Green Sand wins a BIA Award in two very different categories showcasing their expertise across project platforms.
Hale Kalawahine won in the Sustainable Energy Residential category as an example of doing renovations right.
The Hale Kalawahine project submitted is a renovation of an existing circa 1939 home. The primary project goal was to improve the indoor environment quality of the home, specifically thermal quality. The home became very hot in the early afternoon and by mid afternoon the second floor was unusable until well after sunset. The owner’s primary goal for the renovation was to cool the house so that it was comfortable year round, all day long and most importantly, without the addition of air conditioning. The owner’s established the following secondary goals to be done simultaneously during construction: modernize the kitchen, replace the roof and expand the lanai. The final goal was a net zero energy home.
The 1939 home was built with single wall construction and had an un-insulated poorly ventilated attic space. Although the original cedar shingle roof on skip sheathing may have allowed the attic to breath when it was installed, this ventilation had been blocked when the original roof was covered with metal shingles sometime during the 1970’s in a poorly executed reroofing effort. The interior of the home was also dark requiring light fixtures to be used during the day, adding even more heat into an already hot environment. The southwest facing façade was unprotected and unshaded with the afternoon sun beating into the family room through a large fixed picture window.
The first strategy was to improve the thermal comfort of the home by addressing the roof and attic condition. This was done through insulation and ventilation. The existing roofing was removed down to the skip sheathing and replaced with cedar shingle roofing installed over Techshield, a radiant barrier. The attic space was insulated with R30 batt insulation installed at the attic floor. The number and area of eave vents were doubled and roof vents were added near the ridge of the roof. The final strategy was the installation of a whole house fan that pulls cooler air from the lower parts of the home and pushed out hot air from the attic.
The second strategy was to increase the ventilation through the upper level of the home. A dormer facing the trade winds was installed to catch the wind and direct it through the home. Additional windows and a sliding door were added at the kitchen. The whole house fan also aided in pulling cooler air through the home.
The third strategy was to mitigate the heat gain through the southwest facing façade of the home both for the upper and lower levels. This was accomplished through a covered lanai across the entire southwest façade. The lanai provided shade for the master bedroom below and the roof over the lanai provides shade for the family room and parlor.
Other strategies contributing to a comfortable indoor environment include:
· Solatubes and additional windows in the kitchen reduce the need for using lights during the day.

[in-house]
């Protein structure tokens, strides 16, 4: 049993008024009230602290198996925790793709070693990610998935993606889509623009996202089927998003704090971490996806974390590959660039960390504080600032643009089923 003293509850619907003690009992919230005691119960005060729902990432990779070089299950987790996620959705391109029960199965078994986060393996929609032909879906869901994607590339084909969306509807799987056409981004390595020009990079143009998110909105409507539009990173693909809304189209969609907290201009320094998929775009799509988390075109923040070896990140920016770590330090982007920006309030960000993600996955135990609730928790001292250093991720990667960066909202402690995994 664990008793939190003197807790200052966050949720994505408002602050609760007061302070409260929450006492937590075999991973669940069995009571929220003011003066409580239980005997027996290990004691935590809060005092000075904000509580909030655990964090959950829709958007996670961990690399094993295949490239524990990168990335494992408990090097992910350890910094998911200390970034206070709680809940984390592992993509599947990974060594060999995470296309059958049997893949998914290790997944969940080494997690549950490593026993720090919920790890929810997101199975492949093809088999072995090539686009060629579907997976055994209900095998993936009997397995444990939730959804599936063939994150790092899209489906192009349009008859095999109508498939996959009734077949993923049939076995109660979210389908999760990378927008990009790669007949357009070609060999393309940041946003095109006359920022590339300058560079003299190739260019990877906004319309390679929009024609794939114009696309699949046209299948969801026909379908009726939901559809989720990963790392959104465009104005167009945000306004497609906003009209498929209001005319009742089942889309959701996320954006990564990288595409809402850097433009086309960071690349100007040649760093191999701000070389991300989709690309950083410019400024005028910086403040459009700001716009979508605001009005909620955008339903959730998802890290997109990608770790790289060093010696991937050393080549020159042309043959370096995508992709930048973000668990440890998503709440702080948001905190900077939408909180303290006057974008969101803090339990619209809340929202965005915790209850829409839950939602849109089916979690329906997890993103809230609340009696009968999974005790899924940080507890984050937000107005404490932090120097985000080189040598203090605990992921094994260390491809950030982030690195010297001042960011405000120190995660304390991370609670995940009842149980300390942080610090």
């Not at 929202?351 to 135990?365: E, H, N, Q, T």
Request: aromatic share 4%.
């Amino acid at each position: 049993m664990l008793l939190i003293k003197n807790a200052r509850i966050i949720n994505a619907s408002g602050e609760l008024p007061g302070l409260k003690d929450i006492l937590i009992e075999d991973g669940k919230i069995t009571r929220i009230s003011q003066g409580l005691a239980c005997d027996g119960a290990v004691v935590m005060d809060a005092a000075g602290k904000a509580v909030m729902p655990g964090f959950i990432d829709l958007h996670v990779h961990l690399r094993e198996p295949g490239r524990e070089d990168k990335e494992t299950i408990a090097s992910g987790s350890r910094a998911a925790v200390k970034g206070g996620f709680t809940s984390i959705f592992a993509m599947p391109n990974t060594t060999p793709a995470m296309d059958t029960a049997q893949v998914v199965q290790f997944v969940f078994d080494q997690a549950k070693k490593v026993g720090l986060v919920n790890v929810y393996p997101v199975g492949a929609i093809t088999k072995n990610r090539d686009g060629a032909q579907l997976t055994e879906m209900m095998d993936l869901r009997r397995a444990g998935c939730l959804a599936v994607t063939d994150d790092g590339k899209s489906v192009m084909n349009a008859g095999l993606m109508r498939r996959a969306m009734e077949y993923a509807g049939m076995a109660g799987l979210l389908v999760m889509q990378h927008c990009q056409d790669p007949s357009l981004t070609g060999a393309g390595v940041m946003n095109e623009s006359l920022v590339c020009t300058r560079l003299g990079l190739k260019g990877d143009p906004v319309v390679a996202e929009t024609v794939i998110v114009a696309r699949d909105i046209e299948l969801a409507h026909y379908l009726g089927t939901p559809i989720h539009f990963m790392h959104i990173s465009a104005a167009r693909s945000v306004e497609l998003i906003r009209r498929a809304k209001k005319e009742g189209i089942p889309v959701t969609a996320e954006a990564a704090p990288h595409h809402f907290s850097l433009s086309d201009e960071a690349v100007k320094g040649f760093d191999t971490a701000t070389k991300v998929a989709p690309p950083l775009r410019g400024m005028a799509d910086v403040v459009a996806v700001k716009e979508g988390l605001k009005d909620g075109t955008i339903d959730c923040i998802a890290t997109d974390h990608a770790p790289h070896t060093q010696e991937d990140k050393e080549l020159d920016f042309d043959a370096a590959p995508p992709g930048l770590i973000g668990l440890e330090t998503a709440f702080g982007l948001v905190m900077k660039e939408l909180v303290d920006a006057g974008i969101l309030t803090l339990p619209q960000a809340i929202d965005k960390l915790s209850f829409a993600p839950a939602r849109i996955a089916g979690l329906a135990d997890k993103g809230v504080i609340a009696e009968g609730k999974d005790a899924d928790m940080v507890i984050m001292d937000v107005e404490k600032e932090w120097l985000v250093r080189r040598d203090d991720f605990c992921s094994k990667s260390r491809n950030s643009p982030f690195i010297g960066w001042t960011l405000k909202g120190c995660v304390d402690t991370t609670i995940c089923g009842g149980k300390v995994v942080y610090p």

· Solatube in the powder room further reduce the need for using lights during the day.
· New double wall construction was insulated with R15 batt insulation.
· The lights in the ceiling/attic are all ICAT rated to reduce heat transfer from the attic to the interior space. · Natural materials were used when feasible.
· Low VOC materials such as paints, coatings, sealants, and adhesives were also utilized.
Lastly, energy is produced on-site by a photovoltaic system with a goal of providing 100% of the existing electrical load through net metering with HECO. The PV system was the last piece of the puzzle after appropriate strategies regarding natural ventilation and daylighting were implemented to avoid the need for an AC system and reduce the energy load. A right-sized PV system was purchased to offset the remainder of the electrical load of the home.
This project is a stellar example of a highly sustainable project meeting the very intent of the GreenBuilt standard:
1. Renovation of an existing home or “reuse of existing building” saves the embodied energy of the existing materials, labor, and transportation for the original building.
2. Eliminate the need for mechanical air conditioning systems saves the resources required to manufacture, transport, and install and AC system. In addition, on-going energy and carbon footprint savings resulting the use of natural ventilation vs. mechanical ventilation.
3. Reduce the need for using lights during the day, saves energy use and the resulting carbon footprint.
4. Produce a significant amount of the electricity needed on-site contributing to the States achievement for the 2030 goal regarding energy independence.
5. Day lighting and views have been demonstrated to support a productive and healthy lifestyle.
6. Natural ventilation helps contribute to a healthy indoor environmental quality.
7. Right sized PV system after reducing the electrical load through proper design.
The design aesthetic sought to honor the character and feeling of the original 1936 home. A simple shaker style detailing was used through out. New doors and windows matched the horizontal mullion pattern of the original window system. White Carrera stone was selected for the countertops and backsplashes. Stained oak flooring was selected throughout. The entire interior and exterior was repainted with a subtle soft palette of colors. It is worth noting that ever effort was made to keep the original wood flooring throughout, however, the wood floor had been worn and previously sanded and resurfaced to such an extent that the original wood floor had to be replaced with a similar solid wood flooring. It was an unfortunate but necessary decision but also indicates that a life span of 77 years for solid wood flooring makes solid wood flooring a good durable choice.